Pass out the Cell-to-Robot Word Puzzle Mat and a set of vocabulary cards for each group.
This is best done immediately after students have had a chance to program a robot on their own. Explain that the mat has questions within each square. Their group must discuss which card has the vocabulary word that best answers each question. Explain that they should start with the grey squares first (biology specific questions) and then to the white squares. **Some of the white squares can have more than one correct answer!
Allow groups to begin placing cards on the mat. Alternatively you can do this activity in two sessions (first grey squares, then white squares).
Checking for student understanding
Walk around the room to answer any questions. Encourage groups to engage in discussion and use evidence to determine which cards should be placed where.
Complete a “class mat” to allow groups to share out answers. Use a projector to project a single word puzzle mat to the entire class so they can see where each card is placed. Ask students where they placed each vocabulary word on their mat as you assemble the “class mat”. It’s best to start by placing DNA, RNA, protein, and then ask where transcription and translation should be placed (as these two processes are often confused).
Grey square answers (form left to right in the central row): DNA, transcription, RNA, translation, protein. (bottom grey square): nucleus
Then ask the class for their thoughts on the white squares. Remind the class that white squares can have more than one answer, so when a student offers their groups answer, they should explain their reasoning for selecting that card for that space.
White square answers (starting with top left corner):
- Which biological STEM discipline is similar to studying and editing the robot part decribed below? Both “cellular engineering” and “genetic engineering” could be placed here. The STEM discipline that focuses on editing DNA is genetic engineering. Cellular engineering is focused on understanding the structure and behavior of cells in order to manipulate cell behavior for a particular function. One way to manipulate cell behavior or structure would be to edit the cell’s genes. Therefore, while cellular engineering and genetic engineering are not equivalent disciplines, cellular engineers will often use genetic engineering to accomplish a cellular engineering goal.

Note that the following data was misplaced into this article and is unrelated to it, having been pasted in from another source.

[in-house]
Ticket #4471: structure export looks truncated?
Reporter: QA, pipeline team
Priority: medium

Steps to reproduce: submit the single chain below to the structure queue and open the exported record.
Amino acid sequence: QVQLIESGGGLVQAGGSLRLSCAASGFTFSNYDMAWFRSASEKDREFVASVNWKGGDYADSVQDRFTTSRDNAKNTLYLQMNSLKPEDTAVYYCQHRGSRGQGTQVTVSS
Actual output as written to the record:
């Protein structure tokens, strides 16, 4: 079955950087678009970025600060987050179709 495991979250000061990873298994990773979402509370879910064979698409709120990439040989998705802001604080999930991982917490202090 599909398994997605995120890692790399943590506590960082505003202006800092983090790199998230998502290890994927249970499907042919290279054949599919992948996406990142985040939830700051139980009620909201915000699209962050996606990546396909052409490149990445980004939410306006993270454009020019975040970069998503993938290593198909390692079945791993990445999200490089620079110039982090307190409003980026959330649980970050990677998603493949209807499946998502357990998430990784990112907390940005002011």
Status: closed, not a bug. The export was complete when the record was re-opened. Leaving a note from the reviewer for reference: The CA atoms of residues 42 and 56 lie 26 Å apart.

- What robot part is similar to the molecule below? “the program/programming”. This is a central concept to the analogy between a cell and a robot. DNA is like the cell’s programming.
- What is something the robot does that is similar to the entire process described by the five boxes below? “running the program”. This is a great time to remind students that the five boxes constitute the central dogma.
- What robot part is similar to the part of the cell described to the left?” both “the computer used to program the robot” and “the CPU” could be placed here. As students may have programmed with their computer, they may feel that this best represents where the program “resides” and where it was created. However, once the robot downloads the program into its CPU, it can run the program several times without needing to reconnect with the computer. Both have shortcomings as a direct model to a cell. Encourage discussion to deepen student understanding.
A natural extension would be a discussion on mutations that result in genetic diseases. What happens when the robot’s program is corrupted? What if one line or one part of the program is erased or rewritten? Will the program still work? How is this similar to the effect of changing or deleting a nucleotide in a gene (within DNA)?
Inheritance and Variation of Traits
ETS2 Links Among Engineering, Technology, Science, and Society
HS-LS1-1 From Molecules to Organisms: Structures and Processes
(DNA determines the structure of proteins, which preform the functions of life, just as programs determine the actions of a robot.)
HS-LS3-1 Heredity: Inheritance and Variation of Traits
(DNA is the coding instructions for characteristic traits (and behaviors), just as programs determine the actions and behaviors of a robot.)
Disciplinary Core Ideas
HS LS1.A Structure and Function
HS LS3.A Inheritance of Traits
ETS2.A Interdependence of Science, Engineering, and Technology
(Connections between the structure of cells and robots demonstrates a connection between scientific observation and engineering design. Also cellular engineering and genetic engineering are linked as cellular engineering often uses the tools from genetic engineering to solve cellular engineering problems.)
Science and Engineering Practices
Practice 1. Asking Questions and Defining Problems
Practice 2. Developing and Using Models
Practice 6. Constructing Explanations and Designing Solutions
Cause and effect
Systems and System Models
Structure and Function